This article explains how TB is spread and what can be done to prevent it.
TB is an airborne disease. People get infected by inhaling the TB bacillus (Mycobacterium tuberculosis). This is called droplet infection and means that Mycobacterium tuberculosis gets transmitted from one person to another through the air between them.
When the person with TB coughs, tubercle bacilli are transported in fine droplets from the infection in the lungs into the air, and are then inhaled into the lungs of the previously uninfected person. Because of the speed that tubercle bacilli have when they are being coughed up, they get catapulted into the air, and easily reach another person standing one or two meters away. The droplets are also extremely small and remain in the air for a long time. This means that TB can infect people who share an air space, such as a bedroom. Therefore, it is very important that a person with TB covers his or her mouth when coughing or wears a facemask to protect others.
Besides the direct transmission from an infected person to an uninfected person, the TB bacilli can also be transmitted by dust. Once coughed out by a person with TB, the bacilli can survive up to six months outside the body if they are protected from direct sunlight. Often they settle in dusty, dark areas. When this dust gets swirled up (by sweeping, wind, or when children play on the ground), the TB bacilli then fly through the air and may be inhaled. When they are inhaled, they travel into the lungs of the person.
A rare form of transmission is the ingestion (swallowing) of unpasteurized milk from an infected animal – in this case the person becomes infected with Mycobacterium bovis, the animal form of the TB bacterium. This way of infection plays a role in rural places, where people drink milk straight from the cow. To avoid this, milk should always be boiled before drinking – this way the bacteria and germs are killed. The milk that can be bought in supermarkets is usually already pasteurized.
Usually TB cannot be transmitted from a pregnant mother to her baby, because it does not cross the placenta. A rare exception is miliary TB, when the TB bacilli might break through the placenta to the fetus. However, babies can get infected during birth, if the instruments used are infected: for example, if a baby needs a mask to help her breathing, and this mask contains TB bacilli.
TB recognizes no difference between color, race, social status or gender and anyone may become infected. However, there are risk factors that make certain people more vulnerable to developing active TB after inhaling the TB bacillus. The strength of the immune system determines whether or not a person who gets infected with the TB bacillus will be able to fight the bacillus and keep it in check, or develop active TB.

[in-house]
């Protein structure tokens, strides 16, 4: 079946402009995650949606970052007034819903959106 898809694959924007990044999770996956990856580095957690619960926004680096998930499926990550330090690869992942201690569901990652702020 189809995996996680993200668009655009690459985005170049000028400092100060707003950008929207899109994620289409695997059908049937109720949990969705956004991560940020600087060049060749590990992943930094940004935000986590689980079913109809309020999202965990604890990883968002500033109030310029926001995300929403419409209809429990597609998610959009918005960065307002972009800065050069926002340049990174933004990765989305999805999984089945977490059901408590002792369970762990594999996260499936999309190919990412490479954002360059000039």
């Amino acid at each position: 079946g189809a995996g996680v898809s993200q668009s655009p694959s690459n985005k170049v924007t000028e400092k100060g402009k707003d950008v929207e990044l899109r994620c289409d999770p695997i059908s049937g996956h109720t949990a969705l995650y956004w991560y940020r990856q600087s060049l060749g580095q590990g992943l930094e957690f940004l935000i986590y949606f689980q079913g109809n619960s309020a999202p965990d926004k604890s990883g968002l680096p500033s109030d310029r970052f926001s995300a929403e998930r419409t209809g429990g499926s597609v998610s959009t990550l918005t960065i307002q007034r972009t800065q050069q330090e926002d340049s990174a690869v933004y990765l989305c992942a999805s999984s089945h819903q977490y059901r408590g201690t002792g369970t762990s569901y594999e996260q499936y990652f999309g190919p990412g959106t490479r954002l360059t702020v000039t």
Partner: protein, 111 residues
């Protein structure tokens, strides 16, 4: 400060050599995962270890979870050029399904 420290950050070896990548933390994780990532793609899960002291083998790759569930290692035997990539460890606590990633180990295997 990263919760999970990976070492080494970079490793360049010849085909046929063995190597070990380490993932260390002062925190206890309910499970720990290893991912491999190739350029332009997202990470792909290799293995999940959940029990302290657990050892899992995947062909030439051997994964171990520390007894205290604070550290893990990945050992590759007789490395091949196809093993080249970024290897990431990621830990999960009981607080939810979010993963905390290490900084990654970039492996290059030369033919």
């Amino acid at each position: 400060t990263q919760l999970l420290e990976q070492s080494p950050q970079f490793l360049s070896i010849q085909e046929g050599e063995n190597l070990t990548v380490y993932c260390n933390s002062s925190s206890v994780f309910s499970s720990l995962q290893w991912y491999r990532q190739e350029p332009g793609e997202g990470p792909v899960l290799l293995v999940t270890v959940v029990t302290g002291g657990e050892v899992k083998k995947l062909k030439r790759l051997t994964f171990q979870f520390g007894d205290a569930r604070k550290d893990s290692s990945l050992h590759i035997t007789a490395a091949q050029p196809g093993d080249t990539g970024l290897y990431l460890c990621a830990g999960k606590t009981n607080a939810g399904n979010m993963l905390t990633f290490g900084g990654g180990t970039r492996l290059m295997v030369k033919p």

Because TB is an airborne disease, it spreads easily where people share limited space: in over-crowded rooms, small houses, hospital wards for example. TB is often referred to as a ‘disease of poverty’, not because the TB bacillus singles out poor people, but because the circumstances that characterize poverty lead to a rapid spread of TB: many people sharing rooms and living in ill-lit, damp, often dusty spaces (such as shacks) allow for the TB bacillus to rapidly spread from one infected person to others. In addition, poverty often means that good nutrition is not affordable, this weakens the immune system and infected people are more prone to develop active TB.
It is important that clinics and hospitals implement infection control. Many people contract TB including drug-resistant strains of the disease in poorly designed waiting rooms of health facilities. Proper infection control requires installing special UV lights that destroy TB bacteria or designing waiting rooms that allow air to flow through. An example of the latter, possibly more effective and cheaper option, is the Ubuntu TB clinic in Khayelitsha.
Another risk to get infected with TB is HIV infection. The immune system that is weakened by HIV cannot effectively control the TB bacillus and thus, people living with HIV often develop TB. Studies have shown that the co-infection rates for HIV/ TB in South Africa are as high as 95% at Helen Joseph hospital in Johannesburg. 
 Melanie-Anne John, Colin Nigel Menezes, Gajendra Chita, Ian Sanne, Martin Peter Grobusch: High Tuberculosis and HIV Coinfection Rate, Johannesburg. Emerging Infectious Diseases 2007, Volume 13, Number 5.